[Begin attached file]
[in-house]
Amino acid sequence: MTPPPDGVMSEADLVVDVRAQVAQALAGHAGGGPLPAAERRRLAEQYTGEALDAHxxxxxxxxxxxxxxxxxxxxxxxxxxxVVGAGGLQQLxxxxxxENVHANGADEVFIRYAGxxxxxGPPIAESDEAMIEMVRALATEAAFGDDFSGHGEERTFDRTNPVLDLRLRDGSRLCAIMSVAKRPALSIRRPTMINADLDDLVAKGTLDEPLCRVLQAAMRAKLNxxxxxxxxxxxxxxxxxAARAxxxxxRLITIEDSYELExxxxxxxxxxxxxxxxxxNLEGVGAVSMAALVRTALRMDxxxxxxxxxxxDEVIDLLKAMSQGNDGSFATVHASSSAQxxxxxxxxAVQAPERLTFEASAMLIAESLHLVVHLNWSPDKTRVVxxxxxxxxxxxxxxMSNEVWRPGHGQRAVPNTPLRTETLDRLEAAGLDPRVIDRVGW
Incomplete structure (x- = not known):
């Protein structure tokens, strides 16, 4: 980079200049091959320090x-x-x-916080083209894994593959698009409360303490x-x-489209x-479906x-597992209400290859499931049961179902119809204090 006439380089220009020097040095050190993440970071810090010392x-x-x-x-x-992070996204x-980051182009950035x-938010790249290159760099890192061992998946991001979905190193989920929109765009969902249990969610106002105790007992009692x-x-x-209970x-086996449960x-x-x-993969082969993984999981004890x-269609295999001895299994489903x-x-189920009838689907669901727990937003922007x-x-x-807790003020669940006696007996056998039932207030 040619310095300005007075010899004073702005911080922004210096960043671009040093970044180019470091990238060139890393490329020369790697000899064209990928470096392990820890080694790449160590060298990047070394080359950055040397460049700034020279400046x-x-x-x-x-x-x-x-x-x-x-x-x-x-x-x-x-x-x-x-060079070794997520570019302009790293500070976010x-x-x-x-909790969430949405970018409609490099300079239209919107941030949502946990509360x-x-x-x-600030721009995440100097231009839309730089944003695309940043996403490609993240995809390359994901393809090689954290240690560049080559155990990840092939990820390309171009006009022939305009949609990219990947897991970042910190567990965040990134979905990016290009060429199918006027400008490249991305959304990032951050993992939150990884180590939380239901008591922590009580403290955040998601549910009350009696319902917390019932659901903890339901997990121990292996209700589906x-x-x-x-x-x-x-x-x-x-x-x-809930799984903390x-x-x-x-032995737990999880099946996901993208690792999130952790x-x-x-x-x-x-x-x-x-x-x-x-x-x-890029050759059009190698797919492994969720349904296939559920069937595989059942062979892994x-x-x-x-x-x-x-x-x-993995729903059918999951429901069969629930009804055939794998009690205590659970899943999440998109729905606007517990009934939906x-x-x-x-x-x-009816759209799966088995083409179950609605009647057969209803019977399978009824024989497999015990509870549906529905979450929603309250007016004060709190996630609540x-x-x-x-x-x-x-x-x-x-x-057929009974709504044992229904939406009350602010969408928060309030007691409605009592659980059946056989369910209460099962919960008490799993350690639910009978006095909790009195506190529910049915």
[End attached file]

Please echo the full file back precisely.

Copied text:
[in-house]
Amino acid sequence: MTPPPDGVMSEADLVVDVRAQVAQALAGHAGGGPLPAAERRRLAEQYTGEALDAHxxxxxxxxxxxxxxxxxxxxxxxxxxxVVGAGGLQQLxxxxxxENVHANGADEVFIRYAGxxxxxGPPIAESDEAMIEMVRALATEAAFGDDFSGHGEERTFDRTNPVLDLRLRDGSRLCAIMSVAKRPALSIRRPTMINADLDDLVAKGTLDEPLCRVLQAAMRAKLNxxxxxxxxxxxxxxxxxAARAxxxxxRLITIEDSYELExxxxxxxxxxxxxxxxxxNLEGVGAVSMAALVRTALRMDxxxxxxxxxxxDEVIDLLKAMSQGNDGSFATVHASSSAQxxxxxxxxAVQAPERLTFEASAMLIAESLHLVVHLNWSPDKTRVVxxxxxxxxxxxxxxMSNEVWRPGHGQRAVPNTPLRTETLDRLEAAGLDPRVIDRVGW
Incomplete structure (x- = not known):
């Protein structure tokens, strides 16, 4: 980079200049091959320090x-x-x-916080083209894994593959698009409360303490x-x-489209x-479906x-597992209400290859499931049961179902119809204090 006439380089220009020097040095050190993440970071810090010392x-x-x-x-x-992070996204x-980051182009950035x-938010790249290159760099890192061992998946991001979905190193989920929109765009969902249990969610106002105790007992009692x-x-x-209970x-086996449960x-x-x-993969082969993984999981004890x-269609295999001895299994489903x-x-189920009838689907669901727990937003922007x-x-x-807790003020669940006696007996056998039932207030 040619310095300005007075010899004073702005911080922004210096960043671009040093970044180019470091990238060139890393490329020369790697000899064209990928470096392990820890080694790449160590060298990047070394080359950055040397460049700034020279400046x-x-x-x-x-x-x-x-x-x-x-x-x-x-x-x-x-x-x-x-060079070794997520570019302009790293500070976010x-x-x-x-909790969430949405970018409609490099300079239209919107941030949502946990509360x-x-x-x-600030721009995440100097231009839309730089944003695309940043996403490609993240995809390359994901393809090689954290240690560049080559155990990840092939990820390309171009006009022939305009949609990219990947897991970042910190567990965040990134979905990016290009060429199918006027400008490249991305959304990032951050993992939150990884180590939380239901008591922590009580403290955040998601549910009350009696319902917390019932659901903890339901997990121990292996209700589906x-x-x-x-x-x-x-x-x-x-x-x-809930799984903390x-x-x-x-032995737990999880099946996901993208690792999130952790x-x-x-x-x-x-x-x-x-x-x-x-x-x-890029050759059009190698797919492994969720349904296939559920069937595989059942062979892994x-x-x-x-x-x-x-x-x-993995729903059918999951429901069969629930009804055939794998009690205590659970899943999440998109729905606007517990009934939906x-x-x-x-x-x-009816759209799966088995083409179950609605009647057969209803019977399978009824024989497999015990509870549906529905979450929603309250007016004060709190996630609540x-x-x-x-x-x-x-x-x-x-x-057929009974709504044992229904939406009350602010969408928060309030007691409605009592659980059946056989369910209460099962919960008490799993350690639910009978006095909790009195506190529910049915």